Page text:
Centrifuge modelling of capillary rise

N. Depountis, M. C R Davies, C. Harris, S. Burkhart, L. Thorel, A. Rezzoug, D. König, C. Merrifield, W. H. Craig

    Research output: Contribution to journalArticlepeer-review


    This paper reports results from centrifuge tests designed to investigate capillary rise in soils subjected to different gravitational fields. The experimental programme is part of the EU-funded NECER project (Network of European Centrifuges for Environmental Geotechnic Research), whose objective is to investigate the appropriateness of geotechnical centrifuge modelling for the investigation of geoenvironmental problems, particularly with reference to partially saturated soils. The tests were performed at the geotechnical centrifuge laboratories of Cardiff, Bochum, Manchester, and LCPC in Nantes. The aim was to determine the scaling laws of capillary rise under both equilibrium and transient conditions. In all laboratories, column wetting tests in fine poorly graded sands (Congleton Sand, Bochum Normsand, HPF5 Sand, and Fontaineblau Sand) were performed. Capillary rise above the phreatic surface of the sand model was distinguished in a continuous capillary zone (completely saturated) and a discontinuous capillary zone (partially saturated). The Cardiff Geotechnical Centrifuge Laboratory used matrix potential probes to follow the capillary rise of the continuous zone and, therefore, determine the suction above the phreatic zone during centrifuge testing. At Bochum, two cameras were used for optical and volumetric measurements, in order to follow the rise of the visible wetting front (upper limit of discontinuous zone) in the sand within the sample column. At Manchester, the movement of the wetting front was observed by video cameras over periods up to 8 h, whereas in LCPC pore pressure transducers recorded the changes in pressure caused by capillarity. A simple centrifuge similitude law for capillary rise in these sands has been established and the kinetic phenomena have been measured as a function of the gravitational field. The results from these experiments verify that both the continuous and discontinuous capillary zones are scaled at a factor 1/N whereas the time for rise seems to be scaled at a factor 1/N2. This research suggests that capillary phenomena can be modelled using a geotechnical centrifuge. Therefore, centrifuge testing can be a useful tool for future modelling of boundary value problems involving complex transport phenomena. © 2001 Elsevier Science B.V. All rights reserved.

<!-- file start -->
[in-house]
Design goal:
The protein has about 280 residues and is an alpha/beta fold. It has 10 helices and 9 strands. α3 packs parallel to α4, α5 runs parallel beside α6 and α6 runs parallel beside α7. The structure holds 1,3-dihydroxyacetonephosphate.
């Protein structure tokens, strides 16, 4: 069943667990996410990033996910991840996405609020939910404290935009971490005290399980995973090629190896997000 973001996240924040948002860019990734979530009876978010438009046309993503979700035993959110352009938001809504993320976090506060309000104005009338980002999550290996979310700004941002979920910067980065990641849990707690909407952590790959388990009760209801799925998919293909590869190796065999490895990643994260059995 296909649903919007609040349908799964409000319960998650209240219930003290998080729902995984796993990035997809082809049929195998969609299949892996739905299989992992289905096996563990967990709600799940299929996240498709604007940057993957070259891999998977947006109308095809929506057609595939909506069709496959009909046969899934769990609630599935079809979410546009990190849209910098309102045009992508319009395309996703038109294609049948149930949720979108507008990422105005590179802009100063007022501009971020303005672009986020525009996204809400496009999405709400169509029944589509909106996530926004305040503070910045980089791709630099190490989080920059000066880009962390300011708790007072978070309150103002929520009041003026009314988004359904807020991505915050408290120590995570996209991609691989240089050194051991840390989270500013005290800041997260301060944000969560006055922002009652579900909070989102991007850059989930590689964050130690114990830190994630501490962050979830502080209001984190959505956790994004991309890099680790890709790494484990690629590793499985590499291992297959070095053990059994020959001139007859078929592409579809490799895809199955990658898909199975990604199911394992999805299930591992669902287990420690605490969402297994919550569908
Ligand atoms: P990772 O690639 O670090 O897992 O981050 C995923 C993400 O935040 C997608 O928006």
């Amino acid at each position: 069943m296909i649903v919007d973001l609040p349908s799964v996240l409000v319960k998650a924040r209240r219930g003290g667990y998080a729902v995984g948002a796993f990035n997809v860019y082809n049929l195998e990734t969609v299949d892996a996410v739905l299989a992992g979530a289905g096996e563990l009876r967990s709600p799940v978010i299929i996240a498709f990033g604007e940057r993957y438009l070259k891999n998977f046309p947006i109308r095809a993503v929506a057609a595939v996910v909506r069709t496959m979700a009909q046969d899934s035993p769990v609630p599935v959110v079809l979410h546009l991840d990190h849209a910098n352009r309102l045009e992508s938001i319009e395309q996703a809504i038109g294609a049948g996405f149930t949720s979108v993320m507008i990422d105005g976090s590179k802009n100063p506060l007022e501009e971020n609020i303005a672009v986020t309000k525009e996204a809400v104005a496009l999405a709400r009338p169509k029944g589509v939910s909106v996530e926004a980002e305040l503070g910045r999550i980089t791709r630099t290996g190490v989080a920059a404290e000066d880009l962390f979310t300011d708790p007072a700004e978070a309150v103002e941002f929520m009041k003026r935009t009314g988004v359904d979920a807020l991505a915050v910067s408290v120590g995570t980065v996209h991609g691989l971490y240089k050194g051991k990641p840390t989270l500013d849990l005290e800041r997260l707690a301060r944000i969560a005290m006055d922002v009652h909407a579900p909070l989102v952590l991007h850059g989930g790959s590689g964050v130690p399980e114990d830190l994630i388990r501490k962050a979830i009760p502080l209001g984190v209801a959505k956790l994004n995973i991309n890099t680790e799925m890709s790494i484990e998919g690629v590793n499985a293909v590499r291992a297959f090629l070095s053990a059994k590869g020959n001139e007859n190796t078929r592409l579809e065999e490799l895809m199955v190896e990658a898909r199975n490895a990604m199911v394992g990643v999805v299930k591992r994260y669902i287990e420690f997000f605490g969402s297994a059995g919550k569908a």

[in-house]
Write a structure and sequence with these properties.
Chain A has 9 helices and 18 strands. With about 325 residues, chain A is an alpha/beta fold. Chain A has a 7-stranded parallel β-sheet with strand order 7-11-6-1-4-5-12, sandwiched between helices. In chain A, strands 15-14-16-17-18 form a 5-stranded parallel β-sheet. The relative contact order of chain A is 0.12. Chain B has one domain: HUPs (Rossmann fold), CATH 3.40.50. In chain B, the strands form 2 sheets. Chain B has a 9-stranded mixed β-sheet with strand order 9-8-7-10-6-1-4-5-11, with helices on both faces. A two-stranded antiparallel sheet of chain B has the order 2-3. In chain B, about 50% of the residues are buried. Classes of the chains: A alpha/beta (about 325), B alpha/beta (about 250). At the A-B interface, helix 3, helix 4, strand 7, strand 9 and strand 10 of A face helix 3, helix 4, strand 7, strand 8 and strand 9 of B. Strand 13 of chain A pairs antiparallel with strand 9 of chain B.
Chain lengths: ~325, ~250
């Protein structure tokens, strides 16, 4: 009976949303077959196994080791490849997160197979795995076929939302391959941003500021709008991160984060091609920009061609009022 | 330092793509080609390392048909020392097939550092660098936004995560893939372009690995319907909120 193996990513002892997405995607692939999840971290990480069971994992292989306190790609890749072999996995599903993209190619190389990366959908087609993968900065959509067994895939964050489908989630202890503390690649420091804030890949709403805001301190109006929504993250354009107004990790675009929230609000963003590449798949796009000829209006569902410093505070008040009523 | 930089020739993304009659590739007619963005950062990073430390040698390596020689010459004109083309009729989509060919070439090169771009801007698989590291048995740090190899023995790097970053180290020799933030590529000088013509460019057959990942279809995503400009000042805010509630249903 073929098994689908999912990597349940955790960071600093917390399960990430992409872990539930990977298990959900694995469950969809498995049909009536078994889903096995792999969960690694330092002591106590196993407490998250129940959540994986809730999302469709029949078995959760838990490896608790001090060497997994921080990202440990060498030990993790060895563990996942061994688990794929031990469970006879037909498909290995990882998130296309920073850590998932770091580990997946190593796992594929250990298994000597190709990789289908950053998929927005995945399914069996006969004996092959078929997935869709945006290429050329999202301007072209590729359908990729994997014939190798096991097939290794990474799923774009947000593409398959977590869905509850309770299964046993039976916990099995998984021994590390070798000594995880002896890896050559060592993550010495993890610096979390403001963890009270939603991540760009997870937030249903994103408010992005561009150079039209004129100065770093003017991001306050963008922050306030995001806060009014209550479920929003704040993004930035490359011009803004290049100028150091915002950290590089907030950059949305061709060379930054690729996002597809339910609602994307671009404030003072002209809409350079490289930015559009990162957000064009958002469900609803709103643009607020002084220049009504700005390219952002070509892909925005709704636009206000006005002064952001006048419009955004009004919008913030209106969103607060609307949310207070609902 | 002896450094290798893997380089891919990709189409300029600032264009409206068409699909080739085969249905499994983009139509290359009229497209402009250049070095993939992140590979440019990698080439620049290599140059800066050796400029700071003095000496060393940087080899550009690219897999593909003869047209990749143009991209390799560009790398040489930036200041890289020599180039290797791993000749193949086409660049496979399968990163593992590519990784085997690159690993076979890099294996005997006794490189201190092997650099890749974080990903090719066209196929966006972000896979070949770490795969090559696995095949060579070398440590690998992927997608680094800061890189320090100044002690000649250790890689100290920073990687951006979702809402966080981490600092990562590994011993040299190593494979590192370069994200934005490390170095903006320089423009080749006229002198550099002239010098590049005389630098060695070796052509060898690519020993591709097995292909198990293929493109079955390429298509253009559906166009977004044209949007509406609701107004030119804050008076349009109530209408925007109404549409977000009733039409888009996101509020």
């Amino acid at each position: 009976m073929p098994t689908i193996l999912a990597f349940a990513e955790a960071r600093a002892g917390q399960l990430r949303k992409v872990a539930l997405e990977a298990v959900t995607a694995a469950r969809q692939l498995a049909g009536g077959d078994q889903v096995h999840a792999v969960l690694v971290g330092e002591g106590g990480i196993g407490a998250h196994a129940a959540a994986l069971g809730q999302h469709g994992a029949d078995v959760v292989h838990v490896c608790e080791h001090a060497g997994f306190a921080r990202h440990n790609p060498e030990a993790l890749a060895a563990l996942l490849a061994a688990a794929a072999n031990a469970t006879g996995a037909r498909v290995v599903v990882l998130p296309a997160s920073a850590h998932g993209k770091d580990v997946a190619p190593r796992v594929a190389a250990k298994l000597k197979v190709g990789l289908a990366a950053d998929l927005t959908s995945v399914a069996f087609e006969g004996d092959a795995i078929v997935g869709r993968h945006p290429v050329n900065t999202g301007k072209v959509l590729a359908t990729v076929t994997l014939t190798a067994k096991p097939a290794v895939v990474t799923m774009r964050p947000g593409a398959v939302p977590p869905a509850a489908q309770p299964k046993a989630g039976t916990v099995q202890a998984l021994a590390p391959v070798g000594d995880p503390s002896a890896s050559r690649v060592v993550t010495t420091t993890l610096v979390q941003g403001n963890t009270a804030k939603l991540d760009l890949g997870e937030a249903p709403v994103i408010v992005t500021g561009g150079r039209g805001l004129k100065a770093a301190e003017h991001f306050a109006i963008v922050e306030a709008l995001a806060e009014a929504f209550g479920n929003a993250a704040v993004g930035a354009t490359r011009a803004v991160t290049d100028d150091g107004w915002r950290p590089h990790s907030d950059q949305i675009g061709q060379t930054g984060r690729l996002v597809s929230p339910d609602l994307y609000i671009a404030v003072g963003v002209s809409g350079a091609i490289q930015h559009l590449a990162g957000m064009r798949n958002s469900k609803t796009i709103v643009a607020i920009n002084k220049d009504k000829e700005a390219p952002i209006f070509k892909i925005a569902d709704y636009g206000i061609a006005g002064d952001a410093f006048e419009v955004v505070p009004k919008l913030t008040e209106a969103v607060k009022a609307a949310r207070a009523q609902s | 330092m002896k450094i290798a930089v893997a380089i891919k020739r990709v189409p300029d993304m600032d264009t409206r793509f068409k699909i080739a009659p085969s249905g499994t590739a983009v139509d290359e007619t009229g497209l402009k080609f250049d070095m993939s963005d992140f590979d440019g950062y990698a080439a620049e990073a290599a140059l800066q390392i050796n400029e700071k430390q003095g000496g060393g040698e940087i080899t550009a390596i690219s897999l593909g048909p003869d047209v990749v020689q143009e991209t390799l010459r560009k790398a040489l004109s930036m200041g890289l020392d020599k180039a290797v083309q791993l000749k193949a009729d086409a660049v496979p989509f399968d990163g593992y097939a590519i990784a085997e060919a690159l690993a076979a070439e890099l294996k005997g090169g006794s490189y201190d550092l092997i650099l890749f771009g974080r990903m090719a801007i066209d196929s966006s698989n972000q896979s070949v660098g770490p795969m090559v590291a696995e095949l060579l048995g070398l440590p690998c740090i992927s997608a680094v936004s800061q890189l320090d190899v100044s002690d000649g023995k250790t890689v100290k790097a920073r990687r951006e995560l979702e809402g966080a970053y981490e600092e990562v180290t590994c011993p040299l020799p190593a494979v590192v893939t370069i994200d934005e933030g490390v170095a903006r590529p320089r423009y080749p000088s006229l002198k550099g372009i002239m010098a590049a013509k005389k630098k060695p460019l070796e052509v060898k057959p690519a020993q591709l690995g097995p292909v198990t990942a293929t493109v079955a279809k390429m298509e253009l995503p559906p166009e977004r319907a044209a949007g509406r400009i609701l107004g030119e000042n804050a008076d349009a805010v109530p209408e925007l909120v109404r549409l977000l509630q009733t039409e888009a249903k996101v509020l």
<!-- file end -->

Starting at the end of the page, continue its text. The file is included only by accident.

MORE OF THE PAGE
Original languageEnglish
    Pages (from-to)95-106
    Number of pages11
    JournalEngineering Geology
    Issue number1-4
    Publication statusPublished - Jun 2001


    • Capillary rise
    • Centrifuge
    • Continuous capillary zone
    • Gravity
    • Scaling law


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